• Transit Toronto notes the closing of several streets, notably Church Street, in downtown Toronto on the occasion of former Canadian finance minister Jim Flaherty’s funeral.
  • Window on Eurasia notes that contemporary Russians like their country’s open egress to the world and wouldn’t be pleased by transit restrictions, and observes that ethnic Russians in Estonia seem to be mobilizing against Russian annexation.

[BLOG] Some Monday links

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  • blogTO shares a visual history of the Toronto Islands. (I really will have to get there this year.)
  • At Broadside Blog, Caitlin Kelly draws lessons from the experience of a journalist who literally overworked himself to death. When should people note their limits?
  • The Dragon’s Gaze notes that close-orbiting hot Neptune GJ 436b, even with its comet-like tail produced by heating from its sun, isn’t going to lose its atmosphere.
  • Eastern Approaches notes that Poland’s Donald Tusk is presiding over new military spending inspired by the Ukrainian crisis.
  • The Financial Times‘ The World blog and Eastern Approaches both deal with the international consequences of ongoing Russian involvement in eastern Ukraine, the former calling for broad sanctions.
  • Marginal Revolution wonders if the Russian-majority city of Narva in northeastern Estonia will be the next target of Russia.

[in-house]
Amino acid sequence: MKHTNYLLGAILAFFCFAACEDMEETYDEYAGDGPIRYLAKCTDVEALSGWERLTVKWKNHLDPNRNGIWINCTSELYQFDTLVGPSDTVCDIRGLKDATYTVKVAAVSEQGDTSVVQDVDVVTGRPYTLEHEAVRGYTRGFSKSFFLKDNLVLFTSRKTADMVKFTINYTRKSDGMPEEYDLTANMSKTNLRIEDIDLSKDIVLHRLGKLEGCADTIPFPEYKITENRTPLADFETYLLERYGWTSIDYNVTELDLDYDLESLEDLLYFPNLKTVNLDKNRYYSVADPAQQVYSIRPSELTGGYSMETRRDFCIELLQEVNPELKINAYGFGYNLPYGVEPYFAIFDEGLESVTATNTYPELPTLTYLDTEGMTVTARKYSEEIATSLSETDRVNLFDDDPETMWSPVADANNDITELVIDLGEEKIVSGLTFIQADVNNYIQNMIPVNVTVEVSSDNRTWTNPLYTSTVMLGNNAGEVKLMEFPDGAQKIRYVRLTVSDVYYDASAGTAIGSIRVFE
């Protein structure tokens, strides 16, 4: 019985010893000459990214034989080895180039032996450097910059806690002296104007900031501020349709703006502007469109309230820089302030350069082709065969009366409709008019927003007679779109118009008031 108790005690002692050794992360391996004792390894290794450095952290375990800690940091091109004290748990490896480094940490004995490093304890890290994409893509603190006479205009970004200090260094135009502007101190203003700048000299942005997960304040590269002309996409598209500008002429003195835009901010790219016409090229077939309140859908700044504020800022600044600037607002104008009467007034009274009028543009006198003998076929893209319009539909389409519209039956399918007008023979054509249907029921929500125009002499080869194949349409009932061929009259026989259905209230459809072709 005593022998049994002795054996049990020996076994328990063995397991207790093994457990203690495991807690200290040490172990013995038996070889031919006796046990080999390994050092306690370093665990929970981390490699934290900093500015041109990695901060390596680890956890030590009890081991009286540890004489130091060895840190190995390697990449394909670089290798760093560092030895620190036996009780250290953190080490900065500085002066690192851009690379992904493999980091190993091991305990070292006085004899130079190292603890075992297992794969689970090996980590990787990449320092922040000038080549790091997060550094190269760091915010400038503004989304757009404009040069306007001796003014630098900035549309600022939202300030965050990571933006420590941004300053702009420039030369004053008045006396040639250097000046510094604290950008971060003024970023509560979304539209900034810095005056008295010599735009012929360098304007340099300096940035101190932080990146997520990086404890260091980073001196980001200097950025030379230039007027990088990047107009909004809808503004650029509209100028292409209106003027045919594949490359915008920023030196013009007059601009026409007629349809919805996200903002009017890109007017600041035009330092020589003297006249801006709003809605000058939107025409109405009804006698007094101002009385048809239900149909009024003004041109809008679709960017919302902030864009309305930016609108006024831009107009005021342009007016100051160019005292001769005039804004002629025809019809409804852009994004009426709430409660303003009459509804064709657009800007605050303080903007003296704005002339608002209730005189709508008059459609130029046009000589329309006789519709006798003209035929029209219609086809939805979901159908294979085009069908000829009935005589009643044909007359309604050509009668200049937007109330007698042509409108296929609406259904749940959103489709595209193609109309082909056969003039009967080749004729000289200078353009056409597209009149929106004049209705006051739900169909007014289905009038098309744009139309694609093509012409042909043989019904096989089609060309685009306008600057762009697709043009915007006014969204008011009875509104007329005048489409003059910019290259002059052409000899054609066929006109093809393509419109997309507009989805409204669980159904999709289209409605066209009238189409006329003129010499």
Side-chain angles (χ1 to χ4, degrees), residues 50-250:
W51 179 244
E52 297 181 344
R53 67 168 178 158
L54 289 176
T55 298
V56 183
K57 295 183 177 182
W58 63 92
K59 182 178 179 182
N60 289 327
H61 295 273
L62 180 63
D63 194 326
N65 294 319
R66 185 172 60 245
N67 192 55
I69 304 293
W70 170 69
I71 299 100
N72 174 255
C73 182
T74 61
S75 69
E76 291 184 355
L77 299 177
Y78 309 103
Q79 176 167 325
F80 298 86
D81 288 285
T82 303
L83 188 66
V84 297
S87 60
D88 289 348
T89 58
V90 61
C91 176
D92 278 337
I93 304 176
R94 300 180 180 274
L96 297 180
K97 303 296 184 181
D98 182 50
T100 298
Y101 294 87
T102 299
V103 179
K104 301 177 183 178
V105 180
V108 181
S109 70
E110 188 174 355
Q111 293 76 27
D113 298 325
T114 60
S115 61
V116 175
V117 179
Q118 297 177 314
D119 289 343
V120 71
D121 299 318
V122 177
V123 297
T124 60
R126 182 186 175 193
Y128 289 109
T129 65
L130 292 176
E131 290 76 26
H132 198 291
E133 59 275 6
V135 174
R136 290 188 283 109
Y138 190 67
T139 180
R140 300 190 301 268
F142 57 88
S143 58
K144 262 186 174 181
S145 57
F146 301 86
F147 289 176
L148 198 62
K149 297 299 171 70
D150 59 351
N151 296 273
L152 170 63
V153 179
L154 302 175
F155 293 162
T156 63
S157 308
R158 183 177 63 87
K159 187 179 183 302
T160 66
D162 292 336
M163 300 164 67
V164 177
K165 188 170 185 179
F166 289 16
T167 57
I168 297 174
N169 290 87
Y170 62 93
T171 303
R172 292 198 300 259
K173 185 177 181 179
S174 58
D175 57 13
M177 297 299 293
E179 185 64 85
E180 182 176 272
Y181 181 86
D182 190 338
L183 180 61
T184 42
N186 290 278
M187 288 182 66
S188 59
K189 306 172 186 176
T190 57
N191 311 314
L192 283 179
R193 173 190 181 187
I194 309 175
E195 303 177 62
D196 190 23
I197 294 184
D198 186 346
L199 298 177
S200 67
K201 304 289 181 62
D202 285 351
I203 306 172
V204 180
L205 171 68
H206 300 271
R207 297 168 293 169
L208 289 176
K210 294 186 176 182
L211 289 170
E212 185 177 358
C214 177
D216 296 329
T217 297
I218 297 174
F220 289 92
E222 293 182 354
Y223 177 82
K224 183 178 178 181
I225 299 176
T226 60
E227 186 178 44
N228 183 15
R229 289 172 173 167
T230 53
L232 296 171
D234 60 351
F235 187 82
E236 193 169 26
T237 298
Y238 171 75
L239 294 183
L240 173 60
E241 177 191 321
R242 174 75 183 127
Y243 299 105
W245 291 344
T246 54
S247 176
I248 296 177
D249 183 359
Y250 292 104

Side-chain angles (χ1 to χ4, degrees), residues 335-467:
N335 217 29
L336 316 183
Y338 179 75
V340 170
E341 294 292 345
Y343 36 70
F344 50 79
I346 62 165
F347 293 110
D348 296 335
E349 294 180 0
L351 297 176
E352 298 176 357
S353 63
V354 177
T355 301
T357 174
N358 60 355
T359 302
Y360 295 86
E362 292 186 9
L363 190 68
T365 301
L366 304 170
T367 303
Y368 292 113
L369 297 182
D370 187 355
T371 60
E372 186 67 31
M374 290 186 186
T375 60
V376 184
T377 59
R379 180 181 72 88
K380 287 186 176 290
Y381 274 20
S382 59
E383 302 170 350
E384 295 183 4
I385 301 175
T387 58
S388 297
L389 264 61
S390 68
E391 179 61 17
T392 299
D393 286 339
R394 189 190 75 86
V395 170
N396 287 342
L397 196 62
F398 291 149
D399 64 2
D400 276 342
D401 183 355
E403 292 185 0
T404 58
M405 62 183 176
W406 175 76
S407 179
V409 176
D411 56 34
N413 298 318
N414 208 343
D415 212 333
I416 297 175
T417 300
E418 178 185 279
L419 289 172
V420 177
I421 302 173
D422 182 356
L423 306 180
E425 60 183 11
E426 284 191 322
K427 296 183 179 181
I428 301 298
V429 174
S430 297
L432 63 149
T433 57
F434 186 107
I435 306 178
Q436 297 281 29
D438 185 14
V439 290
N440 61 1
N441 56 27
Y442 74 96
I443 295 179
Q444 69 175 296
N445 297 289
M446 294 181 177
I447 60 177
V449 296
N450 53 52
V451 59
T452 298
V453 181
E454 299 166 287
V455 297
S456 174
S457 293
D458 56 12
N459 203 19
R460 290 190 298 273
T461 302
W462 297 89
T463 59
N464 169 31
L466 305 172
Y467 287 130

• The Power and the Money’s Noel Maurer discusses the implication of Russian gas price increases for Ukraine.
  • Torontoist notes the impact of CBC’s announced job cuts.
  • Towleroad links to a teaser for the new HBO movie version of The Lonely Heart and reports on Barbra Streisand’s explanation as to why she couldn’t get the movie made.
  • Une heure de peine’s Denis Colombi writes (in French) about the sociology of working hours in France and among the French.
  • Window on Eurasia argues that rising xenophobia in Russia is alienating many non-Russians and reports on one Russia who argues that there isn’t a necessary conflict between liberalism and imperialism.

[BLOG] Some Wednesday links

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  • Bad Astronomy’s Phil Plait revisits the skydiver/meteorite video. It looks like it was just a rock in the chute.
  • Broadside Blog’s Caitlin Kelly writes about the benefits of leaving one’s comfort zone.
  • At False Steps, Paul Drye presents the life of Mercury capsule designer Max Faget.
  • A Fistful of Euros’ Doug Merrill warns (1, 2) about the growing scope of Russia’s actions in Ukraine.
  • The Financial Times‘ Gideon Rachman argues that Russia under Putin is trying to destroy the current Ukrainian state.
  • Joe. My. God. notes that the two daughters of Lyndon Baines Johnson think that American president would likely support same-sex marriage based on his principles.
  • At Lawyers, Guns and Money, Scott Lemieux celebrates the defeat of the Parti Québécois as something that would protect religious freedom.
  • Marginal Revolution hosts a discussion in the comments surrounding the economic policies of Narendra Modi, aspirant for the Indian presidency.
  • John Moyer writes about the virtues of revisiting some books (here, James Joyce’s Dubliners).